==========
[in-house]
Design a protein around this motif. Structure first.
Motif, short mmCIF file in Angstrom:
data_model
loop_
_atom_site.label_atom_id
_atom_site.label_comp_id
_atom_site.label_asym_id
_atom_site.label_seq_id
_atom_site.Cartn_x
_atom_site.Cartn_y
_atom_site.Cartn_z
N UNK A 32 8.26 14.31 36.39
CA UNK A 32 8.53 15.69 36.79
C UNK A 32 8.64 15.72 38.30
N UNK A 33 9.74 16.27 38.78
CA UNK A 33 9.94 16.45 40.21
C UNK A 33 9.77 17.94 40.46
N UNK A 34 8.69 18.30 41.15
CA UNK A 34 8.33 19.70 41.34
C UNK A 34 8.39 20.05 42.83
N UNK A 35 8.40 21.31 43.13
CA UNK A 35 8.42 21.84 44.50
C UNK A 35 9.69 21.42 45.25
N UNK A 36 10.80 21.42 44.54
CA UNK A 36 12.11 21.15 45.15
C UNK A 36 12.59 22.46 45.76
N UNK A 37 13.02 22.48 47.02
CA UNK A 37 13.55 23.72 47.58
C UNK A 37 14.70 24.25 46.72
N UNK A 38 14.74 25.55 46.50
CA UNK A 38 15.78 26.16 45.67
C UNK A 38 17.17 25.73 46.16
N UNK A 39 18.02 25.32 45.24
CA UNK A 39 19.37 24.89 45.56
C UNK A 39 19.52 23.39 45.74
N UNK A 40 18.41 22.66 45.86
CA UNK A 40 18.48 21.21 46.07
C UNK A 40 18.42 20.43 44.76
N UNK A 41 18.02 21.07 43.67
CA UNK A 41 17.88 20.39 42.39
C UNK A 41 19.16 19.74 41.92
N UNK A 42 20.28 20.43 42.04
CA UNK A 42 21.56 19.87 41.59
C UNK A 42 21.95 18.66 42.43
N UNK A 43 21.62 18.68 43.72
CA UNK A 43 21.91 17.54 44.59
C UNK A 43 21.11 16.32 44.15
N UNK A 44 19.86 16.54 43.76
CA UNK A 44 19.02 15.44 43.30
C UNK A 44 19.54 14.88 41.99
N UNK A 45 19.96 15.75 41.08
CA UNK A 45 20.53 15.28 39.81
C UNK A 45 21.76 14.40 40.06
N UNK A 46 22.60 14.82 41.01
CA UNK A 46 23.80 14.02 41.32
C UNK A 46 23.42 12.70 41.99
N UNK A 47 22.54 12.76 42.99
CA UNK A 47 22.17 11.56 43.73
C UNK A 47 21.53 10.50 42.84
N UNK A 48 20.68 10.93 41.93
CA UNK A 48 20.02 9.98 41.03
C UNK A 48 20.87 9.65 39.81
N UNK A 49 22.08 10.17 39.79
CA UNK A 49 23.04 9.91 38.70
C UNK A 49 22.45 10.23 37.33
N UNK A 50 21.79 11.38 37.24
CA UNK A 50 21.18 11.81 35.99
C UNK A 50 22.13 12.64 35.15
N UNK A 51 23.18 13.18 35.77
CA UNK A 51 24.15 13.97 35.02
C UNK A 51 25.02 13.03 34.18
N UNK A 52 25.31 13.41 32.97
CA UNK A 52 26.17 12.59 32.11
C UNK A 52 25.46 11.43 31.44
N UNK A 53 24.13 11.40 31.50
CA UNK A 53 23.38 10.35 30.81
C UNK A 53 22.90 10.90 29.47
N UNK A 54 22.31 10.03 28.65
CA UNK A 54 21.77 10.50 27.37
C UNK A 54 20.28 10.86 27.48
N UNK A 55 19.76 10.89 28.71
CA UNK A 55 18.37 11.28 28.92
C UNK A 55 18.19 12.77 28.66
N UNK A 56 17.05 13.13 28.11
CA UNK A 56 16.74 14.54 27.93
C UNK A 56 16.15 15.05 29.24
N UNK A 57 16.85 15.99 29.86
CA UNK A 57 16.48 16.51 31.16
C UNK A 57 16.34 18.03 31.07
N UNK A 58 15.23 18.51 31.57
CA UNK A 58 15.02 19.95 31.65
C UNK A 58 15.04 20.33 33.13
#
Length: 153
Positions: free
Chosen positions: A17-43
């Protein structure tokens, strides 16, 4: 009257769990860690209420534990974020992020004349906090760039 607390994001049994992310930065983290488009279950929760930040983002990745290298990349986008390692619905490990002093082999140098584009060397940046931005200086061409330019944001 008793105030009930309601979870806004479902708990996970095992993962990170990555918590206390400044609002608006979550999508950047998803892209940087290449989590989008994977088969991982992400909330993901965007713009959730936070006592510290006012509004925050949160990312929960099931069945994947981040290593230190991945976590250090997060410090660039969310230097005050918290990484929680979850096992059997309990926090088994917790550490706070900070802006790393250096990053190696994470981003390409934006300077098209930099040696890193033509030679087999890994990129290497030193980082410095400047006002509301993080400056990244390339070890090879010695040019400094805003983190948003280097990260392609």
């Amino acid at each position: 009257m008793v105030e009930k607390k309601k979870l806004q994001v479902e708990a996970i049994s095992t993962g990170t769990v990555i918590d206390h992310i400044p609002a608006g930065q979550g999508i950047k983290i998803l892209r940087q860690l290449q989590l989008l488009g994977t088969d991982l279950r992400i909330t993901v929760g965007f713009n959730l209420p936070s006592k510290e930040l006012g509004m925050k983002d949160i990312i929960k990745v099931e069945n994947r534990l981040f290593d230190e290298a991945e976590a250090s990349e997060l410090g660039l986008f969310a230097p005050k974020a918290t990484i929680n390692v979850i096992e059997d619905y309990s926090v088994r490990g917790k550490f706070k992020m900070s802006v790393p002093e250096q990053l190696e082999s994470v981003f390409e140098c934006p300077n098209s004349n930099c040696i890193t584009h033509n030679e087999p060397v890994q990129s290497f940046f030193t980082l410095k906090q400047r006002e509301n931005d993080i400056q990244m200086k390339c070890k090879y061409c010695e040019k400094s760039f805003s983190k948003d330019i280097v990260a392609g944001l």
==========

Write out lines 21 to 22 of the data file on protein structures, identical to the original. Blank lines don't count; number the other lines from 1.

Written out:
C UNK A 34 8.39 20.05 42.83
N UNK A 35 8.40 21.31 43.13